Robert HARNEIS -TDO- (France)- The International Atomic Energy Agency (IAEA) has dropped its previous decision to adopt an anti-Iran resolution.
“The draft resolution was dropped due to extensive diplomatic efforts in Tehran, Vienna and the capitals of all members of the [IAEA] Board of Governors, particularly the three European countries, and through the cooperation of China and Russia,” said Saeed Khatibzadeh Iran’s Foreign Ministry spokesman.
Turkish President Erdogan strongly backed Iran in its efforts to defeat the proposed resolution.
Khatibzadeh expressed the hope that the development would keep open the path of diplomacy initiated by Iran and the IAEA and prepare the ground for the full implementation of the Joint Comprehensive Plan of Action (JCPOA) – the Iran nuclear agreement – by all parties to the deal.
“Iran hopes that the participant parties to the JCPOA would be able to seize this opportunity and guarantee the full implementation of the JCPOA by all sides through serious cooperation,” he added.
The remarks came after a US-backed draft resolution that voiced “serious concern” about Iran’s reduced cooperation with the IAEA was dropped in favor of a more diplomatic approach. Britain, France and Germany had lobbied for the IAEA Board of Governors to adopt the resolution, but they were faced with strong opposition from Iran.
On February 23, Iran halted its voluntary implementation of the Additional Protocol that allowed the IAEA to carry out short-notice inspections at its nuclear facilities. Later, IAEA Director General Rafael Grossi visited Tehran to discuss the issue. During his visit, Tehran and the IAEA reached a technical understanding that was embraced by both sides.
Kazem Gharibabadi Iran’s permanent ambassador to international organizations in Vienna, where the IAEA is based, thanked China and Russia for their principled stances on the resolution. He urged the three European countries and the United States to take advantage of the existing diplomatic opportunities to return to effective and complete fulfillment of their commitments under the JCPOA and the United Nations Security Council Resolution 2231.
“Iran will answer good will with good will,” the ambassador said.
IAEA Director General Rafael Mariano Grossi commented that the issue surrounding the IAEA’s nuclear inspections in Iran should not be used as a “bargaining chip” in any talks on the JCPOA. “The inspection work of the IAEA must be preserved... it should not be put in the middle of a negotiating table as a bargaining chip,” he said.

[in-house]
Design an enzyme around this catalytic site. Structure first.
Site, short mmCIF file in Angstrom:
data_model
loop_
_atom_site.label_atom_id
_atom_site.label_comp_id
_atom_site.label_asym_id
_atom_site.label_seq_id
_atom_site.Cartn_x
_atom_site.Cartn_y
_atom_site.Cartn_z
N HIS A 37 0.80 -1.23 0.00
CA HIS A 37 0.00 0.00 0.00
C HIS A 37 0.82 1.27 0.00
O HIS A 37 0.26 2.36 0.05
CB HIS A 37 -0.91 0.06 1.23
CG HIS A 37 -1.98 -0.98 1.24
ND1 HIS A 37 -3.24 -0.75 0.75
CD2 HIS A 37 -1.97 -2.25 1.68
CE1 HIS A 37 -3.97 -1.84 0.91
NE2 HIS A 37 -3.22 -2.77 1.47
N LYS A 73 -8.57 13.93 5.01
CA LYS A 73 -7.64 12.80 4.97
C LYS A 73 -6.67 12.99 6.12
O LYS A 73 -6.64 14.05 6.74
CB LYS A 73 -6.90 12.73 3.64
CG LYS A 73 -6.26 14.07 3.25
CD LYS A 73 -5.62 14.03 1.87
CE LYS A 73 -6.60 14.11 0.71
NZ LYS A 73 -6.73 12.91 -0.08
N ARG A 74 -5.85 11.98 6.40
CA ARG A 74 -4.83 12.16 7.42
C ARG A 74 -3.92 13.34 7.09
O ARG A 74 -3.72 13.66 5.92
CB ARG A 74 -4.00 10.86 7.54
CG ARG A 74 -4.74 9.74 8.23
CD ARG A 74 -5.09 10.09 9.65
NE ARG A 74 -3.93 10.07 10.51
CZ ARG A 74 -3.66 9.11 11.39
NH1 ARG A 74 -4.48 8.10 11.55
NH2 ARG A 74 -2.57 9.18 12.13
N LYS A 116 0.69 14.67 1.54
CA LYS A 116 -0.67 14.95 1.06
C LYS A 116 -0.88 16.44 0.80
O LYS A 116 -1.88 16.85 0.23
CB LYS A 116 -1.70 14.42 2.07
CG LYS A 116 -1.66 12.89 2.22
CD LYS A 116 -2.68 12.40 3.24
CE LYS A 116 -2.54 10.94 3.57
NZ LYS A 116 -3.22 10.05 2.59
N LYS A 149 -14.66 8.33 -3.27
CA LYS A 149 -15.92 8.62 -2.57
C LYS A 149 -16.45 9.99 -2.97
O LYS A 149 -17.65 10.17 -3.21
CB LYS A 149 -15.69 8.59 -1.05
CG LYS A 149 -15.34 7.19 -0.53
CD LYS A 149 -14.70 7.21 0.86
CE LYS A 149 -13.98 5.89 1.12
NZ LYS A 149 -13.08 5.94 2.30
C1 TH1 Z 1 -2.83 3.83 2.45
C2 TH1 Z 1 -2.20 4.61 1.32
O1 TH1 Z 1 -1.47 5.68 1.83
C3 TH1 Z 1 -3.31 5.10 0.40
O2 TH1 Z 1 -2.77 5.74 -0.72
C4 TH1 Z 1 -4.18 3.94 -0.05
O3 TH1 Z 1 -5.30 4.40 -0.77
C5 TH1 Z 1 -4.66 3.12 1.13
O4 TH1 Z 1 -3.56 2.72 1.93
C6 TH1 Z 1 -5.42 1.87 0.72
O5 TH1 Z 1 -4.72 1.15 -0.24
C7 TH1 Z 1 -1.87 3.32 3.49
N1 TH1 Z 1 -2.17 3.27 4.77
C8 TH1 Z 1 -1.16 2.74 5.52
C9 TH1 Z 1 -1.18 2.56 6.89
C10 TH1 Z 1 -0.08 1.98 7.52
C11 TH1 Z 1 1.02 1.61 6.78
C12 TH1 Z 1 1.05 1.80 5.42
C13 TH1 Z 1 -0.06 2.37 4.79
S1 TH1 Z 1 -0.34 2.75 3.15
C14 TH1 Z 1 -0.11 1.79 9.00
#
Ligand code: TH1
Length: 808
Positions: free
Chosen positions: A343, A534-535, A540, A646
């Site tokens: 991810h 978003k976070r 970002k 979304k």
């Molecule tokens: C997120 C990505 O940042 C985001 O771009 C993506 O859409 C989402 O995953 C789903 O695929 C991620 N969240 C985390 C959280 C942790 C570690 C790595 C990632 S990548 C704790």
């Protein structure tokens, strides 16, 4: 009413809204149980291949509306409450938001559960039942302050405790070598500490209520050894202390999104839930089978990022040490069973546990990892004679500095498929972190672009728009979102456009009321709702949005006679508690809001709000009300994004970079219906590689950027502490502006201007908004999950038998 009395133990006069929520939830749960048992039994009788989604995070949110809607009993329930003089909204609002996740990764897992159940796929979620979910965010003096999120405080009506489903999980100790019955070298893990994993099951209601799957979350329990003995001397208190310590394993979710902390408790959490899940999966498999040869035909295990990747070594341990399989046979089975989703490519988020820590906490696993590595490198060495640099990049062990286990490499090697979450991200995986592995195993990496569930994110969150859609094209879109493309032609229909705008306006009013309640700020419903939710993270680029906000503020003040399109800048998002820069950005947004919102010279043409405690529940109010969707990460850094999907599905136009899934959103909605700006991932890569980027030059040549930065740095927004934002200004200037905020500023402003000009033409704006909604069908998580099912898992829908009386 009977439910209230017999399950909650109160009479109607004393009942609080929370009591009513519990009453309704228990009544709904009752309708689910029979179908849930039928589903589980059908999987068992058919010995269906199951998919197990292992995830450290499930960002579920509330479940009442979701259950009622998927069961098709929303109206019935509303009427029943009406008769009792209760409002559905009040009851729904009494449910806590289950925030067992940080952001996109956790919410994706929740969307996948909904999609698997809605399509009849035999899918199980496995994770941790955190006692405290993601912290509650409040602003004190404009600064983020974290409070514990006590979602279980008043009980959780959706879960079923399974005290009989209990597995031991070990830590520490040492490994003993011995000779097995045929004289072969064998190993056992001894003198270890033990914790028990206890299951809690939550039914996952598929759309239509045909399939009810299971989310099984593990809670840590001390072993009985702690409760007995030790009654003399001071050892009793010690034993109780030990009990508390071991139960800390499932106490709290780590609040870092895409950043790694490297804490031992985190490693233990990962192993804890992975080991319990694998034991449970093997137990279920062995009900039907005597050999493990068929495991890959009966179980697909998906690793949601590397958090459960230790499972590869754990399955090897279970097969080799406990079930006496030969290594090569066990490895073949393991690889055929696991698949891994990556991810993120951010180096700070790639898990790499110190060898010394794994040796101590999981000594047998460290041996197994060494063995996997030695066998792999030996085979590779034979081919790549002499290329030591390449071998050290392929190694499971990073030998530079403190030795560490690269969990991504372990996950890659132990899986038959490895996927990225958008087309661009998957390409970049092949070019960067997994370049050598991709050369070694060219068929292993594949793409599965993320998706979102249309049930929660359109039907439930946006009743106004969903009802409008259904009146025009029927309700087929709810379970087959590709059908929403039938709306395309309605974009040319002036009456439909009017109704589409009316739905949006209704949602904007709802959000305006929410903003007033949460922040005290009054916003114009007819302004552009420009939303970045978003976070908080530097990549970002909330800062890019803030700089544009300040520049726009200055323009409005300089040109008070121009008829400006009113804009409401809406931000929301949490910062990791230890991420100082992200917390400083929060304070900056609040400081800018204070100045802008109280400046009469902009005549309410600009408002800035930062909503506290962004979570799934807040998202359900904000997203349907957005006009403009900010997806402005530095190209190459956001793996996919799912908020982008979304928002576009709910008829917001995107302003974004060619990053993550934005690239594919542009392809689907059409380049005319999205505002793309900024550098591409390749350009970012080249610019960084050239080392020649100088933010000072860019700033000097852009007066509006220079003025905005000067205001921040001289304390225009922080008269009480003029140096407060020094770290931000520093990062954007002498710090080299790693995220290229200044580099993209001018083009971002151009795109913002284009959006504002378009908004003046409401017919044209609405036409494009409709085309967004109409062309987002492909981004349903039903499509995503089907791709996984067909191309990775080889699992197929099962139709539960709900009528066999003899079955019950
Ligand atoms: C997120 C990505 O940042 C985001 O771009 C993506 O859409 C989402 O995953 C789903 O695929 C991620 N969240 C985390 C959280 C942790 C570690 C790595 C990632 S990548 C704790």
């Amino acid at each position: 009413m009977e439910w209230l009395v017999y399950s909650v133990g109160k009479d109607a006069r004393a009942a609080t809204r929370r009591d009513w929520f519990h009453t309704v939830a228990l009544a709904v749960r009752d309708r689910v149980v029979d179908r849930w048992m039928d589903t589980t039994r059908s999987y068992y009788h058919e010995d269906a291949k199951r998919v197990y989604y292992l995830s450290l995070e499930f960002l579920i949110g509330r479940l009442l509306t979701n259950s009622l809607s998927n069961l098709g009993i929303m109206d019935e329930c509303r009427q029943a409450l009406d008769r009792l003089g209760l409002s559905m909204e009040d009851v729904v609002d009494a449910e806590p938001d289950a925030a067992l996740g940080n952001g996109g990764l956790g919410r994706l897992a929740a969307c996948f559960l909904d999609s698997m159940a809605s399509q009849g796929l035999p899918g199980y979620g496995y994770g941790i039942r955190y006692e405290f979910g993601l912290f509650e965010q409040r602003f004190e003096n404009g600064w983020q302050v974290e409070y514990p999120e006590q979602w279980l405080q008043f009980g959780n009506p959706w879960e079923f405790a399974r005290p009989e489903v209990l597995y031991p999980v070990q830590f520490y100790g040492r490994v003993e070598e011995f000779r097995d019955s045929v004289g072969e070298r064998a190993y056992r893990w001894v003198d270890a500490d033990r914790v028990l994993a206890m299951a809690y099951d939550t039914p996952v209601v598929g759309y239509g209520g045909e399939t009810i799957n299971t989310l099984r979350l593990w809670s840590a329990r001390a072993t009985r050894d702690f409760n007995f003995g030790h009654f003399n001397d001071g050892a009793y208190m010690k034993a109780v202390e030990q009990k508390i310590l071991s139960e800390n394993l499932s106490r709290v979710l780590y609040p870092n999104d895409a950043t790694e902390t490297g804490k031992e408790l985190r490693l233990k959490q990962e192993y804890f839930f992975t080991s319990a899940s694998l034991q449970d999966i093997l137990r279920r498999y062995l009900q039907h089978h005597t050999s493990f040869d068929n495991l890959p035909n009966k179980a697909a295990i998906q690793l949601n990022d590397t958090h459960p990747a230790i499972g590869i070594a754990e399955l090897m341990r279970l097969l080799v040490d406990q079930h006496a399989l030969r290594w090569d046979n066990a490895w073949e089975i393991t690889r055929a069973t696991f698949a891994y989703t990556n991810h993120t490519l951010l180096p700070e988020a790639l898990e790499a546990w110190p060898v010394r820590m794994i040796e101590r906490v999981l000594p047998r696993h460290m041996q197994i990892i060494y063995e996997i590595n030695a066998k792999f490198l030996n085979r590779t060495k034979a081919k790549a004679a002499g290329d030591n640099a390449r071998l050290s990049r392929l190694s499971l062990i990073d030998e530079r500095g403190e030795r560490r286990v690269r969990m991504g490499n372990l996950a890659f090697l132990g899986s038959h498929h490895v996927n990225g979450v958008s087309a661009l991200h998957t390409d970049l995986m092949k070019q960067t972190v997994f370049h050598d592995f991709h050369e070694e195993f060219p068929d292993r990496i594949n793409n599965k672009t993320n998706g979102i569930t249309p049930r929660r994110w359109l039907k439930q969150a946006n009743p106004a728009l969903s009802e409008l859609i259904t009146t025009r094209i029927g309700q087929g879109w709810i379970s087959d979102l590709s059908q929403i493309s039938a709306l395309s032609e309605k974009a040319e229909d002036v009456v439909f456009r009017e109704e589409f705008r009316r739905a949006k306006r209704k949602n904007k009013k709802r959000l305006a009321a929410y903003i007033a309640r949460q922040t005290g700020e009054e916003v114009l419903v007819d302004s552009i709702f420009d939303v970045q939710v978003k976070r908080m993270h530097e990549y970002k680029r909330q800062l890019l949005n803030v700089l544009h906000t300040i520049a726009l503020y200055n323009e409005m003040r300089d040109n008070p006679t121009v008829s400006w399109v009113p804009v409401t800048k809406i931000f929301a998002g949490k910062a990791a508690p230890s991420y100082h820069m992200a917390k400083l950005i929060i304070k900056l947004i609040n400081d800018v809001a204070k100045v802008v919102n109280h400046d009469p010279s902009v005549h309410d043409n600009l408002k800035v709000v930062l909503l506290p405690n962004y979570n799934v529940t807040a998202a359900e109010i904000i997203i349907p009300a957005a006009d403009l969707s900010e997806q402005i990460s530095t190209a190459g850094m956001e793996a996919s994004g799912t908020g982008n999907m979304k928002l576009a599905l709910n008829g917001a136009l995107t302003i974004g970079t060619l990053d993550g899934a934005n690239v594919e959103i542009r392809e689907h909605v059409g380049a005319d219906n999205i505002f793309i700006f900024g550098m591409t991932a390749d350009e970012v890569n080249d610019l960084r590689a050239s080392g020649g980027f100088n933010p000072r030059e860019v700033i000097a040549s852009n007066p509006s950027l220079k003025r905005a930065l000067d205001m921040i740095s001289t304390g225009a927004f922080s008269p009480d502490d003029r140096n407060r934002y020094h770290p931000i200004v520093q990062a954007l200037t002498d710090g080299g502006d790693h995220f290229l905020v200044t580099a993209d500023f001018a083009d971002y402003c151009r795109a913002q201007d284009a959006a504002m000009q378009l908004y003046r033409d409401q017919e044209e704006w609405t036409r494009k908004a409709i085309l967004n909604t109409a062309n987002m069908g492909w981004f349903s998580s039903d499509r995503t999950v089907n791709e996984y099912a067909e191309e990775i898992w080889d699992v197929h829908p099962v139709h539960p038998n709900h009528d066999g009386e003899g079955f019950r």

Russia’s Permanent Representative to the international organizations in Vienna, Mikhail Ulyanov, also commended the three European countries for dropping the adoption of the controversial resolution.
Iran’s recent decision to scale back its cooperation with the IAEA comes while Tehran and Washington are at odds over which side should first return to full compliance with the JCPOA, which was initially abandoned by former US President Donald Trump in 2018.
Trump’s withdrawal from the JCPOA was followed by what his administration termed as the “maximum pressure” campaign against Tehran. Tehran remained compliant with the nuclear deal for a year, but started to reduce its nuclear undertakings due to the failure of the remaining parties to the agreement to preserve Tehran’s rights under the accord.
Tehran maintains that the US must first lift the illegal sanctions to open a path for a mutual return to the JCPOA.
Meanwhile, Turkish President Recep Tayyip Erdogan said that lifting the US sanctions on Iran and returning to the JCPOA will contribute to regional stability and economic prosperity.
Ankara, which itself has come under Washington's sanctions for purchase of Russian defense systems, has on numerous occasions called for a lifting of US sanctions on Iran and a return to the JCPOA.
Last month, Erdogan told Iran’s President Hassan Rouhani in a phone call that he saw a window of opportunity for Iran and the US, adding that he wanted the sanctions to be lifted.
He said that he wished that the new US administration would abandon unilateral sanctions on Iran and lift restrictions on the prosperity of Iranian people.